In her will, she gave most of her estate to charity but a large amount was set aside to establish a trust for Louis the parrot. $200 a month was to go to his care and upkeep, and he was to eventually have the run of the aviary, and all the brandy and walnuts he could consume. The bird was also given a life estate in the white mansion.
Louis was not the only bird … err, asset left behind, but Louis survived them all.
When the executor did the inventory, there were over 100 pairs of white gloves and a 1913 Hupp-Yeats electric automobile with less than 100 miles on the odometer.
Why an electric automobile? Because gas automobiles were too noisy and caused Louis to ruffle the feathers.
The trustee and parrot-keeper was to be the family's long-time gardener, Yue "Ah Wong" Wah Wong.
Behind Yue stood one of Victoria's most trusted estate law firms, ready and poised to protect Louis from any gold-digging bird-hater next-of-kin.
As the other birds died, Louis, with his own team of lawyers the wind
beneath his wings, became the famous parrot heir of Canada's Northwest,
even featured in the very-popular American weekly, Life Magazine. Like
any celebrity, he was subjected to awful rumours, one of the most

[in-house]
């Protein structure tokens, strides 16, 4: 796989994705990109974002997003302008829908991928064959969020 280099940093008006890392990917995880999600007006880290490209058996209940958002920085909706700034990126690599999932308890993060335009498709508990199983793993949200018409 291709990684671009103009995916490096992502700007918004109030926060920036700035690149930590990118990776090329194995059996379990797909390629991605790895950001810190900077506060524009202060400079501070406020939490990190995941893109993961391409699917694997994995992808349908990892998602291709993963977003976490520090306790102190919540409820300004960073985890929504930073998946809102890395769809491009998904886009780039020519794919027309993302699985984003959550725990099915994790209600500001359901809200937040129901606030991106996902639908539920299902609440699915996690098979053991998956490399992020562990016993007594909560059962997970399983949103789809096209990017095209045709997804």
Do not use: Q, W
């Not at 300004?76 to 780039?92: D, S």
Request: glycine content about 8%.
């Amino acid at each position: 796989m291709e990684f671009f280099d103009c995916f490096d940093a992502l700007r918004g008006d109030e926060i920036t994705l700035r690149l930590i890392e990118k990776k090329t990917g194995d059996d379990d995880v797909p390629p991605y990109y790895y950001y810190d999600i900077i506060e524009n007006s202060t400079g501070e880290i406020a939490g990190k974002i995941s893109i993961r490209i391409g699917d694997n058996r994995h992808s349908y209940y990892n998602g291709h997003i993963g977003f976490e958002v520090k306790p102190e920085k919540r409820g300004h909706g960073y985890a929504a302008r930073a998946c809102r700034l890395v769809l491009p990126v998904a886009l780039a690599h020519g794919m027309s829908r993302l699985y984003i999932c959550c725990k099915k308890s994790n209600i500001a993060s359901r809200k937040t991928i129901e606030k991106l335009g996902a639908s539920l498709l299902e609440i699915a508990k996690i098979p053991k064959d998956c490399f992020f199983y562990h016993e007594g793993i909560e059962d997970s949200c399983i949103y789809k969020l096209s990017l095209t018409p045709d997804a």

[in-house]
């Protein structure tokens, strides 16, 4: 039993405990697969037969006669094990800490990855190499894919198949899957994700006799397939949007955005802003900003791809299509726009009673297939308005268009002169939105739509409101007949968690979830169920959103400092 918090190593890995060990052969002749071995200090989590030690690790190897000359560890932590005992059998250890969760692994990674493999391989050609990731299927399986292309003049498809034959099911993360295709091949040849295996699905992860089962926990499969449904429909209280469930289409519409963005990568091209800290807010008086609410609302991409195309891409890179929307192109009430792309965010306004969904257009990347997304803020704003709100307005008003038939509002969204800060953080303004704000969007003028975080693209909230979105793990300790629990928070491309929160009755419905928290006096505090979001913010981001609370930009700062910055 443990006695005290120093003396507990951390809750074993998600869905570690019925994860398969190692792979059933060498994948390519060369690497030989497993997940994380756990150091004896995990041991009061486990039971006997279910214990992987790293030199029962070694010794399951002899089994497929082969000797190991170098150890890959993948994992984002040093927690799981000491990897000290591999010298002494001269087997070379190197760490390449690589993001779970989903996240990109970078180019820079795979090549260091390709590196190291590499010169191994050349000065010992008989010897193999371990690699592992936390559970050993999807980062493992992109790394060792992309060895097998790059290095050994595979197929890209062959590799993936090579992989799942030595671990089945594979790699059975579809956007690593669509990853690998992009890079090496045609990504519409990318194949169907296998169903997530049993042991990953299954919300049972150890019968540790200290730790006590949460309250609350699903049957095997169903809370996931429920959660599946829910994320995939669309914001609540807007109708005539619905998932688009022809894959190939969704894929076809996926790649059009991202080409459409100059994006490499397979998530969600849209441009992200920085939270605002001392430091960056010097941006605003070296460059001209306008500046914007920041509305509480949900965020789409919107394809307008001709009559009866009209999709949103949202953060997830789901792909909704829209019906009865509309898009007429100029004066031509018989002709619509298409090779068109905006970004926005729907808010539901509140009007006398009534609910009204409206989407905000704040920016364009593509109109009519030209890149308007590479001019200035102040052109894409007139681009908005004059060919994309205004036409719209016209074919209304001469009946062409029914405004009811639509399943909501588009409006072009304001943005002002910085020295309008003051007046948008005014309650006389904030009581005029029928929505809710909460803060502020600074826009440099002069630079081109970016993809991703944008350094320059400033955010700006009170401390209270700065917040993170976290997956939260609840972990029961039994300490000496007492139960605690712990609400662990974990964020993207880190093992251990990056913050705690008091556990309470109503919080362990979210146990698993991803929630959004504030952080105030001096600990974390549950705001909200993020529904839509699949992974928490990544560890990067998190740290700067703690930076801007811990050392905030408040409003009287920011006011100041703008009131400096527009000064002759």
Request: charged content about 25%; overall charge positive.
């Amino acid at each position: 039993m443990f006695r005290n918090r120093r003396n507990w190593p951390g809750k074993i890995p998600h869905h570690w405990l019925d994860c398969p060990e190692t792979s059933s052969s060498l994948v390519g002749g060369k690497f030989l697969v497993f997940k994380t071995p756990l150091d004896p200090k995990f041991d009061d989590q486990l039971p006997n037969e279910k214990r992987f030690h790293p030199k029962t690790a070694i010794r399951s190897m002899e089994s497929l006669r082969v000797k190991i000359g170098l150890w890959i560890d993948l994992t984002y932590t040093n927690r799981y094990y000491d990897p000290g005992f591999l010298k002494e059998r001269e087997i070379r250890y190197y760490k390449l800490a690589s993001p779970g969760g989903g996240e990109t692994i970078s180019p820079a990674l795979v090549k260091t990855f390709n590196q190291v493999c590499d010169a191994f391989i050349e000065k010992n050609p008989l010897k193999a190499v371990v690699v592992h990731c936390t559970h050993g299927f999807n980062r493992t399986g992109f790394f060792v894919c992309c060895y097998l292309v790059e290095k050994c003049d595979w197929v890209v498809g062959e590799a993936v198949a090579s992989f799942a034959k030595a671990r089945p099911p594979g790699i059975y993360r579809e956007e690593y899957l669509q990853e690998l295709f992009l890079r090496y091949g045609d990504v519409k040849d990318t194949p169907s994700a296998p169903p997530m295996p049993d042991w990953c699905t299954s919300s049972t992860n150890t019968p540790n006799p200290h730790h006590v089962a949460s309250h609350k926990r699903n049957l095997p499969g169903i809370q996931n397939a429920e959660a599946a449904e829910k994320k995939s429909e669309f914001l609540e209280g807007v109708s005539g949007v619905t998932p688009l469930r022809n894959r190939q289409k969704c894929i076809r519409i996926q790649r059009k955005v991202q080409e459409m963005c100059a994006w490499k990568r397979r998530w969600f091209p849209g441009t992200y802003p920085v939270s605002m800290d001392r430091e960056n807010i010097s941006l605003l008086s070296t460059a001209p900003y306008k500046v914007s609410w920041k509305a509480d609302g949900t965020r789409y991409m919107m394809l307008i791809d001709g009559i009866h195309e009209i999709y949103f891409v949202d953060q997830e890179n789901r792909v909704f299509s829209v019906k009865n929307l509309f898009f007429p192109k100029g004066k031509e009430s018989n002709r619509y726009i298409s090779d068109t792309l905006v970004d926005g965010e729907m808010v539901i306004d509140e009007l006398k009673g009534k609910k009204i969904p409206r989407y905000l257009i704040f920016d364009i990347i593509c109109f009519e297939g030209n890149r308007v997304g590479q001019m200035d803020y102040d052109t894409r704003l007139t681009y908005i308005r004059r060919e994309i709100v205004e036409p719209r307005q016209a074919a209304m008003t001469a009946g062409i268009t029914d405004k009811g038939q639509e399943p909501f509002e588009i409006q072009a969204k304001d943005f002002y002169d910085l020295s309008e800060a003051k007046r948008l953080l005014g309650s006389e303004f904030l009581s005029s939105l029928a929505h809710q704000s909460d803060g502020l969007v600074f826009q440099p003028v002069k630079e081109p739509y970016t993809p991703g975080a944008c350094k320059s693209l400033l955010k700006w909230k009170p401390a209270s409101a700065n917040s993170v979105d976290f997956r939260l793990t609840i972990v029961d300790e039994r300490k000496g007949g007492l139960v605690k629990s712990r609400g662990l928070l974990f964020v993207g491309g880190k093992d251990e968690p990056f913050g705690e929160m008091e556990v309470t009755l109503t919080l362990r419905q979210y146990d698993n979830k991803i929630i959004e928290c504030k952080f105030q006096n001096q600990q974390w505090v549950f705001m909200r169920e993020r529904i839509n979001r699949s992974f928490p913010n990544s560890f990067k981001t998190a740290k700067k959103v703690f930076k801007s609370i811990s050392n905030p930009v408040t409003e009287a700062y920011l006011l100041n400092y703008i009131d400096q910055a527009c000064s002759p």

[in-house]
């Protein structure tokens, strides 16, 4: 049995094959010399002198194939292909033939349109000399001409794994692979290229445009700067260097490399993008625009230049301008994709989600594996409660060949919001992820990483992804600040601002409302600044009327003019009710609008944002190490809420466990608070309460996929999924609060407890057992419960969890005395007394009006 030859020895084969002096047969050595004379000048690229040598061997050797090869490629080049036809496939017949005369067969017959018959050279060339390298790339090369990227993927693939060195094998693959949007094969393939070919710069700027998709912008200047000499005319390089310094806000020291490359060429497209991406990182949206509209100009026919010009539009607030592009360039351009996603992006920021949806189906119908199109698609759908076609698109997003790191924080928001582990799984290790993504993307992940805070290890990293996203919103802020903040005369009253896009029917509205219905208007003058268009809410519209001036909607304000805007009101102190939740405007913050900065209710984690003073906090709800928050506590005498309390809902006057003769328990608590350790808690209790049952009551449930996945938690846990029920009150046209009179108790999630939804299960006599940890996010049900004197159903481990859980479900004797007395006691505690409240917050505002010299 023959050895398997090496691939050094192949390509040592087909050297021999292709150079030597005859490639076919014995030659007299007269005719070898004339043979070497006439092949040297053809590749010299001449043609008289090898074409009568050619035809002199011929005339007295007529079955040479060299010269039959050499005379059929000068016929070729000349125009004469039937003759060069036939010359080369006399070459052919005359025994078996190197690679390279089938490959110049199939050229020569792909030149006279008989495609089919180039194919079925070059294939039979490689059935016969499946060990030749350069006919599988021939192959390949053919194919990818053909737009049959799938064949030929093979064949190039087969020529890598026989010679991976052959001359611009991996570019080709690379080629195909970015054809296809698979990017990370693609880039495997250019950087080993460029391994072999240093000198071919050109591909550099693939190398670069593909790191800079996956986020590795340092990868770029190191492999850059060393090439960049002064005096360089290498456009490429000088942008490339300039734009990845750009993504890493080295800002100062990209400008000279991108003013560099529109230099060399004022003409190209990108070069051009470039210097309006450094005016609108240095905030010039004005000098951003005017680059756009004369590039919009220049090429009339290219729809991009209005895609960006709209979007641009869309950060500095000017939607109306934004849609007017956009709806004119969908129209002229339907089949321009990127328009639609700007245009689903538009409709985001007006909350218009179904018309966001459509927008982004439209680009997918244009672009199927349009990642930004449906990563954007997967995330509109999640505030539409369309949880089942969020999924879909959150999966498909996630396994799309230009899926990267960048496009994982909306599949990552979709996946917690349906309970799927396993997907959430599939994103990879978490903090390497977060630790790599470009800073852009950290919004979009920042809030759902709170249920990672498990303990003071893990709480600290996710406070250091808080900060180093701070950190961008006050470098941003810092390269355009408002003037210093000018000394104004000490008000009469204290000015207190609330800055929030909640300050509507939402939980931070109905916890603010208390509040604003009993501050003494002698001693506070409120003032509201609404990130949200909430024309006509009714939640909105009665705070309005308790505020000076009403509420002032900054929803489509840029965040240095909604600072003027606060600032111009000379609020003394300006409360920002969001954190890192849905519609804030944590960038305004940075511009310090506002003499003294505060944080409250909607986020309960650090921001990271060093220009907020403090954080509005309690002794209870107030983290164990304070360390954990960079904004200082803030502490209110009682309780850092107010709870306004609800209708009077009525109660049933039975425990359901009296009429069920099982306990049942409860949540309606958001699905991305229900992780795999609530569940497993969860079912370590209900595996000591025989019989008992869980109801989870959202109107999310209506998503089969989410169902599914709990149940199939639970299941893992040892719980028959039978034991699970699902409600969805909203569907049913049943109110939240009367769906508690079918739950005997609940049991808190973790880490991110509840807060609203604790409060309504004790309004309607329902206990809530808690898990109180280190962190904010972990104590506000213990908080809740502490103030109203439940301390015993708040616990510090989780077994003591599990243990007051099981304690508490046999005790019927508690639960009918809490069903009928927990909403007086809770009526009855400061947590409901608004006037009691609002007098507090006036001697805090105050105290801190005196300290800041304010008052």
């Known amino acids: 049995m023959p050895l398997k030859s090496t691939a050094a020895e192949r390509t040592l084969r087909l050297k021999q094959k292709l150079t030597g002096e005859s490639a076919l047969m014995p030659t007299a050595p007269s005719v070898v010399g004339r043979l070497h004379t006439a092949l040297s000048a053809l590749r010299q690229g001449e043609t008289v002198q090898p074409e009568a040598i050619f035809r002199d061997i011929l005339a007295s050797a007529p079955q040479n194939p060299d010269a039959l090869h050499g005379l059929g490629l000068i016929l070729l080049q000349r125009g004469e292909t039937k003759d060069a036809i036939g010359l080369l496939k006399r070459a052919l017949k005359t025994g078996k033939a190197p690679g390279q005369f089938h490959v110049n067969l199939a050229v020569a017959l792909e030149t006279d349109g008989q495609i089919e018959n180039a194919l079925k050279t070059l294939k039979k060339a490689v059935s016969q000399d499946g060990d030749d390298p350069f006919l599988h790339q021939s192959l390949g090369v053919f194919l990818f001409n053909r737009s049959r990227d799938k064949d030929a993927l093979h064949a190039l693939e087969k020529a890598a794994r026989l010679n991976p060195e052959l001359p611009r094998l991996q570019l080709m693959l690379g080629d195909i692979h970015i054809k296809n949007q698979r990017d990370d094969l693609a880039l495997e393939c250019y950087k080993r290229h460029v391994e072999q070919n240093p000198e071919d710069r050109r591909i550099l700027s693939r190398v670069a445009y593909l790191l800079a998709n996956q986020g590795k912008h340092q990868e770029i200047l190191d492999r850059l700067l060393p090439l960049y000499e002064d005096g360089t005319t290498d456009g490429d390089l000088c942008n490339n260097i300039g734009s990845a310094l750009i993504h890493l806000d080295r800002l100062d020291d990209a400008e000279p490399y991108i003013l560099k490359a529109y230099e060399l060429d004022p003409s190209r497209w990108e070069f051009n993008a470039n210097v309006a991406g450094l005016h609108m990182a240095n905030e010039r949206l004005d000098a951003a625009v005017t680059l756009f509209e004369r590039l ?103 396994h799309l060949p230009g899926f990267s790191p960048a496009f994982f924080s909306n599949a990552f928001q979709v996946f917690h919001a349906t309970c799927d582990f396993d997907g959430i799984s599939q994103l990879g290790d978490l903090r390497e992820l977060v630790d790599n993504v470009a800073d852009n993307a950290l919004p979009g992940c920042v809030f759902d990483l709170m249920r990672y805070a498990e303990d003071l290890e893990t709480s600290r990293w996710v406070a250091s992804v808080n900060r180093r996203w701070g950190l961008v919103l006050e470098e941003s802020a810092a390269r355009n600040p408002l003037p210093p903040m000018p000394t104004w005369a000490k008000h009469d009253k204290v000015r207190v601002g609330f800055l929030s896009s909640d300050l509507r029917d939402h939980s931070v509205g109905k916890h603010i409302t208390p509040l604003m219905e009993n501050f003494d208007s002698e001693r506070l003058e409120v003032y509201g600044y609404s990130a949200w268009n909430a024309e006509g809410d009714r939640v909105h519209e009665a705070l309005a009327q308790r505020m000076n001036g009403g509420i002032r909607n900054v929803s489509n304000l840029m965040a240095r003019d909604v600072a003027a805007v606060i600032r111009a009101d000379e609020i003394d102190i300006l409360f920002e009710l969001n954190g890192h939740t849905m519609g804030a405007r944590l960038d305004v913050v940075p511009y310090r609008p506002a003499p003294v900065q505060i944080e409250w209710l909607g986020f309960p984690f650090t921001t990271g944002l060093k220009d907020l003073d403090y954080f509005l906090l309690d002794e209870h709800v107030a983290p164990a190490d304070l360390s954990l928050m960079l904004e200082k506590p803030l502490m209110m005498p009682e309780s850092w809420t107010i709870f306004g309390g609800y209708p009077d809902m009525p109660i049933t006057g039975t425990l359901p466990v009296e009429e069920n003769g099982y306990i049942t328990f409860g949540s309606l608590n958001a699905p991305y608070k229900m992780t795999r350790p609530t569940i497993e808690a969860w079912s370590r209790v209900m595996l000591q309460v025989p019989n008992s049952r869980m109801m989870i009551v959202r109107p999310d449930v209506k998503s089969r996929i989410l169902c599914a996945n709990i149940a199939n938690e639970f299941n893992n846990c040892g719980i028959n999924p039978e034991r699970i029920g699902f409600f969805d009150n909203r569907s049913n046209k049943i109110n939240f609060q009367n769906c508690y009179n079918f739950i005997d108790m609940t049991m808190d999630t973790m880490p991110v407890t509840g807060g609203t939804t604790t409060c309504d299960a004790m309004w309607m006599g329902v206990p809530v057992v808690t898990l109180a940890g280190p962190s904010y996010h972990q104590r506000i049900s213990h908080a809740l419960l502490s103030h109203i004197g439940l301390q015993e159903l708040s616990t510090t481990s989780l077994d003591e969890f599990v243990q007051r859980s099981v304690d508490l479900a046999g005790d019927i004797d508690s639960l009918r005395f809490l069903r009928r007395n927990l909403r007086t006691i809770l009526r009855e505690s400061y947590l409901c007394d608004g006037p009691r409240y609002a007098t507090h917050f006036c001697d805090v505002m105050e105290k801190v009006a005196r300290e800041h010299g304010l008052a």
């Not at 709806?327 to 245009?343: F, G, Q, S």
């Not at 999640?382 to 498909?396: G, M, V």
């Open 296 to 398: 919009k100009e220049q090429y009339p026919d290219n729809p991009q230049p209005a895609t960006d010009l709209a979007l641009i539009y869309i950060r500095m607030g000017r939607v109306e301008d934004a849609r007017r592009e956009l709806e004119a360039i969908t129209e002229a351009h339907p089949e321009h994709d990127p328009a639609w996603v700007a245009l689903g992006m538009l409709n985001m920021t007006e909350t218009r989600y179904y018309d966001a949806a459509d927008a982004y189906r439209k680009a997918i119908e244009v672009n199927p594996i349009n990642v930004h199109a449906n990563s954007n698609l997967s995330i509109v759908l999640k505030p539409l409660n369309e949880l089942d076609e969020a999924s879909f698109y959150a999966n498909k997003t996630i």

popular of which was his (or her) gender. Was it Louis or was it really Maudie?
The properties were first sold to a local developer, Douglas Abrams who probably called in a demolition team but was quickly rebuffed when the lawyers reminded him of the fine print; the bird life estate. According to Life Magazine:
"Mr. Abrams subdivided the existing house into six apartments and sat down to wait out the old bird."
But parrots tend to last quite a long time. Seeing he was being outlived by a mere bird, Abrams licked his wounds, hoisted the white flag on the white mansion and to other, more savvy developers. The new sheriffs in town were up to Louis' shenanigans. They quietly implemented the tried and true anti-heritage tactic: bring in tenants, let them do what tenants do - run down the property - thus making the house an undesirable eyesore and get the locals on board.
Can you spell "rooming house"?!
Ultimately, Louis was in a real estate tycoon fight without a beak. His keepers knew the good times were over. When, in 1966, Louis was unceremoniously secreted to Wong's residence, the bulldozers could no longer be stopped.
It went from bad to worse for Louis when his keeper, Ah Wong, who was only human, died in 1967.